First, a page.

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This audio tour features fifteen artworks selected by twenty-two middle and high-school students from the 2018 -2019 Museum Leader's in Training (M.LiT) program. Students spent twelve weeks exploring approaches to museum interpretation, research, and attended workshops dedicated to writing content and recording audio. These works, chosen to highlight the diversity of VMFA’s collection areas, were selected from among two-hundred artworks featured in Ryan McGinniss’ 16 panel painting Art History is Not Linear - on permanent display inside the Museum’s main entrance. Students were asked to consider McGinniss’ conceptual statement which states, “Art history is not linear; although it is often taught as such. Culture is a multidimensional network that feeds and builds upon itself in a mash up that transcends time.”
Jane: Can you imagine a time in the Mediterranean world when Greek culture dominated the region? That’s 2,500 years ago!
Kathia: This is a time when great civilizations like Babylon and Persia dominated the middle east. Pre-Columbian civilizations are becoming established, and Imperial China will not exist for another 300 years. This is the time of the Etruscan civilization, located in present day Northern Italy.
Jane: There’s not much recorded history of the Etruscans, as all of their poetry, literature, and monuments have been lost. Much of what we know comes from art that has been preserved in burial sites.
Kathia: Paintings and artifacts discovered in tombs lead researchers to believe that Etruscans were lovers of luxury. This Etruscan Mirror is a perfect example of the extravagant lifestyle of the wealthier class. Mirrors were a symbol of status, often gifted to women in the event of a marriage, and due to the intricacy of the designs they were likely valued gifts. The side of this mirror on display features a winged female figure, while the other side is polished to be reflective.
Jane: There are about 3,000 ancient mirrors in museums throughout the world today, many of them from Etruscan tombs. The Etruscans believed the after-life was a continuation of mortal life. When an individual died they were buried with all of their possessions, including items they viewed as necessities – such as brushes, pottery, paintings, and sculptures. Their tomb walls were either painted to look like the interior of their homes or with depictions of banquets and parties. This mirror was found in a furnished Etruscan tomb where it was buried for over two thousand years before being excavated.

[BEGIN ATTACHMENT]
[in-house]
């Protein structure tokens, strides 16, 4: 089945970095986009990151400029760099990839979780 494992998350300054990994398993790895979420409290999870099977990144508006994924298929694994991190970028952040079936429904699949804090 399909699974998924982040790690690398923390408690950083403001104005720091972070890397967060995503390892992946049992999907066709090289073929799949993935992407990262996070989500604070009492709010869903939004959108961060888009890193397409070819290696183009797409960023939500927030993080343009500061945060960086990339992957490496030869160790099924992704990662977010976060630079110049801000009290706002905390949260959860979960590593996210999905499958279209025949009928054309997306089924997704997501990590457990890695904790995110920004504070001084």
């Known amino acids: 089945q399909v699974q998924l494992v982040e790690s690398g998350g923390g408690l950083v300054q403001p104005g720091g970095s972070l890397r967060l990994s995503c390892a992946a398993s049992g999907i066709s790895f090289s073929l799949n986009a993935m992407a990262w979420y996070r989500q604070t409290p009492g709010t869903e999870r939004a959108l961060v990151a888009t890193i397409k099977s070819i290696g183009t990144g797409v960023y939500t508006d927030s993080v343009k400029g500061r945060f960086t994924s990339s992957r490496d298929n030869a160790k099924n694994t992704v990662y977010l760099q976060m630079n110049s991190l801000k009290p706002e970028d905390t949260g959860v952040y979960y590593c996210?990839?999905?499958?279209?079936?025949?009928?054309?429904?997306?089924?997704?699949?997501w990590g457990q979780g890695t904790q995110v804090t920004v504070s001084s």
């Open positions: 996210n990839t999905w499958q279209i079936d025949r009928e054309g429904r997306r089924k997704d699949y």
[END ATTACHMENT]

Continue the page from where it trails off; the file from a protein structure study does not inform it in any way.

Kathia: Today, mirrors are present in almost every home and in many public spaces. Compared to the Etruscans, what objects would you consider valuable or important?
Anna: What do you see?
Grace: An old bench maybe?
Jacqueline: Intricate designs and patterns?
Trinity: Maybe even dragons stretching across the bottom.
Grace: This is a Funerary Couch. Funerary couches were used in early China to support a coffin in the burial chamber of a tomb.
Trinity: It represents the Chinese belief of life after death because these couches were meant for the dead to relax on in their afterlife.
Jacqueline: This couch is from the 6th century when Confucius, a Chinese philosopher, popularized filial piety which is the Chinese tradition of respecting one’s elders.
Anna: This popularity could explain why scenes of filial piety were included in the design work of this couch.
Trinity: Or maybe the tomb occupants were respectful individuals?
Grace: Maybe they were parents and their children wanted to honor them in death. What do you think?
Kent: The Marriage of Rigault d’Oureille and Catherine de Rance is a Medieval French tapestry made by unknown weavers depicting a celebratory wedding scene with the Rigault castle visible in the background.
Malena: We noticed that this piece displays an abundance of food and people positioned in front of a castle. This abundance of life and royal setting could be a way to illustrate either the beauty of marriage or society moving towards a more prosperous era.
Georgia: While viewing this tapestry, we wondered if the abundance of food and the lush, flowering, landscape, surrounding the couple may represent good-fortune and the hope for fertility. During the time this piece was made, society was emerging from a time of great hardship and strife. The hope for a more abundant future can be interpreted through the amount of fertile imagery present in the scene, which like many other ancient paintings, is used to represent a society’s overall prosperity.
Rithanya: Have you noticed the difference in the styles of clothing among the people depicted in this scene? The extravagant clothing worn by the aristocratic couple, and the plain clothes worn by the shepherds, harvesters, and craftsmen seem to indicate that there are many different social classes present. The class differences are also indicated by the tasks they are performing as well as the items that they are carrying and surrounded by. Perhaps this is meant to show that the future will be prosperous for all regardless of status and social standing.
Josh: What stands out the most in the painting to you? There’s a lot of emphasis on the distinction between the foreground and background.
Carrington: There’s all that intense lighting in the front. The foreground is what is used to tell the story.
Josh: I think the background is supposed to give insight into the way of life that was described in the Bible.